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This article was published 23/11/2012 (1339 days ago), so information in it may no longer be current.
He may have been given a much lighter sentence than justice officials recommended -- but a convicted killer likely isn't celebrating.
That's because Abiola Matthews will be deported from Canada after serving his sentence.
Matthews, 37, was sentenced Friday to 71/2 years in prison for stabbing a teen to death during a confrontation downtown. However, he was given double-time credit for the more than three years already spent in custody, leaving him with 13 months left to serve.
Matthews pleaded guilty to manslaughter for the September 2009 attack that killed 17-year-old Michael Mariak Jok. He faces instant deportation back to St. Vincent and the Grenadines upon his release from prison.
The Crown had sought up to 12 years in prison for Matthews, which would have extended his stay in this country.
"I am deeply sorry for your loss, from the bottom of my heart," Matthews told the victim's family in court during submissions earlier this month. "I know I caused much pain for your family. I really feel what happened every day, taking the life of a young man."
Matthews and a friend were driving through the neighbourhood when they spotted Jok and some friends walking down the street, court was told. There was no history between the two men.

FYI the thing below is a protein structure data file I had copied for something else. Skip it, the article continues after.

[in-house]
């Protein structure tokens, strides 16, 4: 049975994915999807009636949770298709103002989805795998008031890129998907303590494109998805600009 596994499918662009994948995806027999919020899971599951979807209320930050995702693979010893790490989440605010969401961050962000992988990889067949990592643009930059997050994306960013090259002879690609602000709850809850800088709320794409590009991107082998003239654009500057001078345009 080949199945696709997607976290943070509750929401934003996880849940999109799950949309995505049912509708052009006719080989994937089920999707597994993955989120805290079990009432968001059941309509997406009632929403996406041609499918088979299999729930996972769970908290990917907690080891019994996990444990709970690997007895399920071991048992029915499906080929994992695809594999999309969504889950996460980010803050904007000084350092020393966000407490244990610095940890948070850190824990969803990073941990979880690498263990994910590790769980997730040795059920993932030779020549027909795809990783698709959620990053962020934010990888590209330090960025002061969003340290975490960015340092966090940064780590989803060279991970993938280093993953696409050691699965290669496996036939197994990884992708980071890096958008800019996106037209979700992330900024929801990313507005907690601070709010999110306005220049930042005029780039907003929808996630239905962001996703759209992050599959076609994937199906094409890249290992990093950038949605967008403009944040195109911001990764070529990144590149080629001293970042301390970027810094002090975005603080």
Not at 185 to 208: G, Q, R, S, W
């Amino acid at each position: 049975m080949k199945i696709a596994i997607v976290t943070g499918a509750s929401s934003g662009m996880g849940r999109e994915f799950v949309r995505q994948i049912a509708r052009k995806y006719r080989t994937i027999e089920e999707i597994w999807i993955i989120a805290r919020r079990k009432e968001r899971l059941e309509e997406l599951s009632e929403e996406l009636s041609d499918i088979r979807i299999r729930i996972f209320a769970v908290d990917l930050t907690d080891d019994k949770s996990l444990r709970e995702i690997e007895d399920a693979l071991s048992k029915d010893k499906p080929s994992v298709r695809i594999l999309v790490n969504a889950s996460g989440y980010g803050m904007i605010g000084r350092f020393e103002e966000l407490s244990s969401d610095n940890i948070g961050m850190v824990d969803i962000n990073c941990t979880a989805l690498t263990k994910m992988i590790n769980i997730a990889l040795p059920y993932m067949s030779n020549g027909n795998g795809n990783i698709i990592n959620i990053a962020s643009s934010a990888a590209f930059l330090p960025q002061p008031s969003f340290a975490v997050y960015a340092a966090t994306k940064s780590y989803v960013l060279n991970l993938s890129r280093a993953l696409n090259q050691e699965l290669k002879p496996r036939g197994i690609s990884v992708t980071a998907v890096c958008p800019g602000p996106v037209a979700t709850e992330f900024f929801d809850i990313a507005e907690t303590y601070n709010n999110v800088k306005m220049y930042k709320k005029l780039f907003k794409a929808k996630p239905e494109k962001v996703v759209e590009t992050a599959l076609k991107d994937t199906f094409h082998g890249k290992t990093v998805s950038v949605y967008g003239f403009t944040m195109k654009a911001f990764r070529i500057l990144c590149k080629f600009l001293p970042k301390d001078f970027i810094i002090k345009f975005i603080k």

Matthews's friend shouted a crude remark toward some young women in the group. That prompted an angry Jok to walk up to their vehicle and pour out his bottle of beer on the car. He also threw the empty bottle toward Matthews, who responded by getting out of the car. He was carrying a knife.
One of Jok's friends took off his belt and began swinging it, striking Matthews, who slashed him in the cheek with his knife. Jok lunged toward Matthews, shoving him. Matthews responded by stabbing Jok in the throat. He bled to death.
Matthews later confessed his crime to a friend, who reported it to police.
Jok was a Grade 12 student at Miles Macdonell Collegiate who came to Canada in 2004. He spent his early life in Ethiopia and dreamed of attending university in Canada. The teen attended a youth group at St. Matthew's Anglican Church and was an avid soccer and basketball player. "We came here to make a life," said friend Matthew Joseph. "He was too young to die."